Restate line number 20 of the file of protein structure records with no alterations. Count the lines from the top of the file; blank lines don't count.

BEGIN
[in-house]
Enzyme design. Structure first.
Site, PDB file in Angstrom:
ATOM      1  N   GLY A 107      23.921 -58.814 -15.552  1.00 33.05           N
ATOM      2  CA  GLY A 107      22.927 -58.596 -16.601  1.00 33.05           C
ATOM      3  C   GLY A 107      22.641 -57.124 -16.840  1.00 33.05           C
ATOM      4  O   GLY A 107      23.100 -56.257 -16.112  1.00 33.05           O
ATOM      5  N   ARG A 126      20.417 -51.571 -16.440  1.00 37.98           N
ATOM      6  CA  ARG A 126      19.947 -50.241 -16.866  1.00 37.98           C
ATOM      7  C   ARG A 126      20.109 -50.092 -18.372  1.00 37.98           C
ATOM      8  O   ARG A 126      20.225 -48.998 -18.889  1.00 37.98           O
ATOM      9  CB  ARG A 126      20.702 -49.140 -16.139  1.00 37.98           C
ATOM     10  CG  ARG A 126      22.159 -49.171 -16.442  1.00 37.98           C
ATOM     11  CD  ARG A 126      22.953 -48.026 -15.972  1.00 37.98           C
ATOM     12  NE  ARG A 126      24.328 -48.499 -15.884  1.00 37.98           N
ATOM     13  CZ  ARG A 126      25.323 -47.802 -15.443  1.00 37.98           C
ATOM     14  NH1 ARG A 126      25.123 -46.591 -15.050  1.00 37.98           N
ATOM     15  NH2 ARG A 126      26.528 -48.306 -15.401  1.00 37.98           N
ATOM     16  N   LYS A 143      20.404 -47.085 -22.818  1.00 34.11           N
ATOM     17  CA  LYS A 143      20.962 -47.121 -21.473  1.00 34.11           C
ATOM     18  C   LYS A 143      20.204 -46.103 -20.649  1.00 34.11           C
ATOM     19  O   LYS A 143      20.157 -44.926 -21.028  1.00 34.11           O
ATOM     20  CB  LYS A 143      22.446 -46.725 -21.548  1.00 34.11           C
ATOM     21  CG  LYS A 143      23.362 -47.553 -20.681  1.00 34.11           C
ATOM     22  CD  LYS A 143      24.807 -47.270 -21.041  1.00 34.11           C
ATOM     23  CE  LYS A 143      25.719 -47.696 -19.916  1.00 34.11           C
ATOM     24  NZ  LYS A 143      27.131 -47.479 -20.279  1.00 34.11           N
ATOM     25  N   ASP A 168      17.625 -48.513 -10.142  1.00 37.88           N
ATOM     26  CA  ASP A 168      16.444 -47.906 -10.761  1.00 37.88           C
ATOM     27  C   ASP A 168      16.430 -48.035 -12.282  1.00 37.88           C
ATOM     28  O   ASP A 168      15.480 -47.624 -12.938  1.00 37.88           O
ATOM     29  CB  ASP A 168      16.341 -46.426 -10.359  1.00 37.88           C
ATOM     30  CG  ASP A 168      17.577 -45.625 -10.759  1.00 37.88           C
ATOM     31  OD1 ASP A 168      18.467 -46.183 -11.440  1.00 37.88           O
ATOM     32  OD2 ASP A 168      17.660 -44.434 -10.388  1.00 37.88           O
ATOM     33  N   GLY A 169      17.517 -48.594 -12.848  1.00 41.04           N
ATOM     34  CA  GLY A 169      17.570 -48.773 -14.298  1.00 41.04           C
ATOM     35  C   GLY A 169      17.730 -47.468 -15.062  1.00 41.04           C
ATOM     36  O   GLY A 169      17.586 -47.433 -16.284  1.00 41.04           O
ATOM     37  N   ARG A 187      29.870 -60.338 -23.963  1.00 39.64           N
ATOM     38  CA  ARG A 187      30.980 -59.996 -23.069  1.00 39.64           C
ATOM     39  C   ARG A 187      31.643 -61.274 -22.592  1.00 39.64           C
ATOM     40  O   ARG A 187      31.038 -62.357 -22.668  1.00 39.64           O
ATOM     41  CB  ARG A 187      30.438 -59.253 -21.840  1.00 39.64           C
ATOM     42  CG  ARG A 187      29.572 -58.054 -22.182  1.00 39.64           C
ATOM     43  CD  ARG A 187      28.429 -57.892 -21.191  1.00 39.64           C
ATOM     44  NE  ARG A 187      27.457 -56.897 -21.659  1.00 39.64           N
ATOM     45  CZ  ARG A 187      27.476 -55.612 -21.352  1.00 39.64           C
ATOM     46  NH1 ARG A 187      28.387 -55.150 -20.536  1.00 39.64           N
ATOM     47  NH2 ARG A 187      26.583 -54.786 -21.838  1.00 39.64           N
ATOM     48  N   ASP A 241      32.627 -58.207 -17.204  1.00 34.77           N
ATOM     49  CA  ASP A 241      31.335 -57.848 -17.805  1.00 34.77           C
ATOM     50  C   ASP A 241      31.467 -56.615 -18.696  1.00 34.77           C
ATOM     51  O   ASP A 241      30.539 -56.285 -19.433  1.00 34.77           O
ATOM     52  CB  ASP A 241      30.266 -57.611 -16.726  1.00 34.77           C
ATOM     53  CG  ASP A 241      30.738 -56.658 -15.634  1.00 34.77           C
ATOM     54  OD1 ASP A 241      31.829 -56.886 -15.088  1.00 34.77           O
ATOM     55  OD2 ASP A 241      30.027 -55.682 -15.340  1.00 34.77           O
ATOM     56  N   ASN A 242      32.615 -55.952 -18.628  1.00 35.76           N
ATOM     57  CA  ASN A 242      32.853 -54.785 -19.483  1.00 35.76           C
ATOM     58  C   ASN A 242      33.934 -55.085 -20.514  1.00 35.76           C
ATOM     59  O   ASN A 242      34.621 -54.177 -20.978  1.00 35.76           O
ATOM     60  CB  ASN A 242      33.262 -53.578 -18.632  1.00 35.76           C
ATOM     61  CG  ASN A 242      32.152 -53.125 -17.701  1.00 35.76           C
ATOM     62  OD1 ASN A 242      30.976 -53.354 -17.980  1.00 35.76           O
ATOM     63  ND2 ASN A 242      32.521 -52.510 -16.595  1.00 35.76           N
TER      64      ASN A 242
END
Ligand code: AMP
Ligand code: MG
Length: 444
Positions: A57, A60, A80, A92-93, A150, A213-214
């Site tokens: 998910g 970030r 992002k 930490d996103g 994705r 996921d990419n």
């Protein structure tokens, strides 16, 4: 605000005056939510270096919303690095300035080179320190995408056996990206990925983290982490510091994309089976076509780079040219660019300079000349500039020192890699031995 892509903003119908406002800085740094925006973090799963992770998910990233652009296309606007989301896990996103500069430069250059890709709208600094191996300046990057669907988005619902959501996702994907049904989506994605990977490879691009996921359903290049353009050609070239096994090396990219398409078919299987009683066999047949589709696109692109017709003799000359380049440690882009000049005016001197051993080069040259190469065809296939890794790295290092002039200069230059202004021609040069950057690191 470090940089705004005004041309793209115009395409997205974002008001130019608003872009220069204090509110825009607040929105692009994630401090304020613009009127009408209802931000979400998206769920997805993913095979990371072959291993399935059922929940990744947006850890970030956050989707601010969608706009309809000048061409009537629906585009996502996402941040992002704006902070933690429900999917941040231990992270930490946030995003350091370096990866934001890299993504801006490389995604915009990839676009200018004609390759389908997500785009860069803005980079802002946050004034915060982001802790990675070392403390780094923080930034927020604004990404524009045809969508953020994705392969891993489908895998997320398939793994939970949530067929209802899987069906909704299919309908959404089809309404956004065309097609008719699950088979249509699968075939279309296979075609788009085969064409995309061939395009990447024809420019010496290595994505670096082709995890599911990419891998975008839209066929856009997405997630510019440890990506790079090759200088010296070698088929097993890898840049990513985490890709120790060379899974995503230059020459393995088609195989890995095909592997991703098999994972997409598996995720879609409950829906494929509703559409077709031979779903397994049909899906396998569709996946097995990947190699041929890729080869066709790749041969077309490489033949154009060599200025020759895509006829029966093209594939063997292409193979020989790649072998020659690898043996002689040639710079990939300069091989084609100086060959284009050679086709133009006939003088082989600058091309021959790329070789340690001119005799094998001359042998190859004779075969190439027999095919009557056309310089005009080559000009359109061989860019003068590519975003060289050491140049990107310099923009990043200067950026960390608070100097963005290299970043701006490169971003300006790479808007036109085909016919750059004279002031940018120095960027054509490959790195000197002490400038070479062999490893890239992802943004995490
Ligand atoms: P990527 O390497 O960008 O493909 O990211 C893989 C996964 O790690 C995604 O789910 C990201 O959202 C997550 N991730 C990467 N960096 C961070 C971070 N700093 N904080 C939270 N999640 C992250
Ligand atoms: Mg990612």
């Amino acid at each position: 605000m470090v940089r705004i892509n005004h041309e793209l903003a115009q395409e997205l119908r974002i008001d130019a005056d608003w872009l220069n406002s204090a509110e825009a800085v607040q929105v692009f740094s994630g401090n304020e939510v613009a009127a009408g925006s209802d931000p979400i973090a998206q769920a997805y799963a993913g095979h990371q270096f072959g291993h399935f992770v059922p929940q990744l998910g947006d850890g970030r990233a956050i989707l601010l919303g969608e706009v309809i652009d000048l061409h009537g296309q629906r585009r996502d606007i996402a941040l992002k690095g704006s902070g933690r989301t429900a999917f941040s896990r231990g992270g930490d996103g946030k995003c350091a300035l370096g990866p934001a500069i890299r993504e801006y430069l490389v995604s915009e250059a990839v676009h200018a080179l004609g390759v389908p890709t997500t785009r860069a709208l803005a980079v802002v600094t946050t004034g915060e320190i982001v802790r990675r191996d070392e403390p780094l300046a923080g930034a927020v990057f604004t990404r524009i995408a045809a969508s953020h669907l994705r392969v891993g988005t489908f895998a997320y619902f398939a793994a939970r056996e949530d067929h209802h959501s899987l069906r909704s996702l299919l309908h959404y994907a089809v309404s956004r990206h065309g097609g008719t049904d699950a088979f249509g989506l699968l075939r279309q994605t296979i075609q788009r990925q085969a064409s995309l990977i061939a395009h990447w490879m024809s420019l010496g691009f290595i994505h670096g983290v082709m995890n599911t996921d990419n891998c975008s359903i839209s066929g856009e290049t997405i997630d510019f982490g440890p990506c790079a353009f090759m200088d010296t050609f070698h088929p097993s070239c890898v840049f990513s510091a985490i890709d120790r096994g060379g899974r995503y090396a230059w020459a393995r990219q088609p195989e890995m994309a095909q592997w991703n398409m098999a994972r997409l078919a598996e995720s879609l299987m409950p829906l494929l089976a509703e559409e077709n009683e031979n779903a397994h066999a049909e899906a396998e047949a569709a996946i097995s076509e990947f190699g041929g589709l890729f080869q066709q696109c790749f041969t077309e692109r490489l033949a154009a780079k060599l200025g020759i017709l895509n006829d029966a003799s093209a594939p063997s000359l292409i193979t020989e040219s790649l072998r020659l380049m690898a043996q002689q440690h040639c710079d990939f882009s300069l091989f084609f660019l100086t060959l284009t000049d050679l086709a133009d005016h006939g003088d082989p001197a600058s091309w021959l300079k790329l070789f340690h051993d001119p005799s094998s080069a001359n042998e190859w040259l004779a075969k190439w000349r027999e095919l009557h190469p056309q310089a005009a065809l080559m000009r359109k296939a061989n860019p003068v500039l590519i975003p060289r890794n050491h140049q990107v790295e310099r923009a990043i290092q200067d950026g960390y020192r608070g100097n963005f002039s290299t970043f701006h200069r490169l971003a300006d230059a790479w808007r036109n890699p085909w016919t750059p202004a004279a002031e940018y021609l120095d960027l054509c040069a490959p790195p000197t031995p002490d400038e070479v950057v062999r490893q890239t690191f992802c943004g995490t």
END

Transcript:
ATOM     17  CA  LYS A 143      20.962 -47.121 -21.473  1.00 34.11           C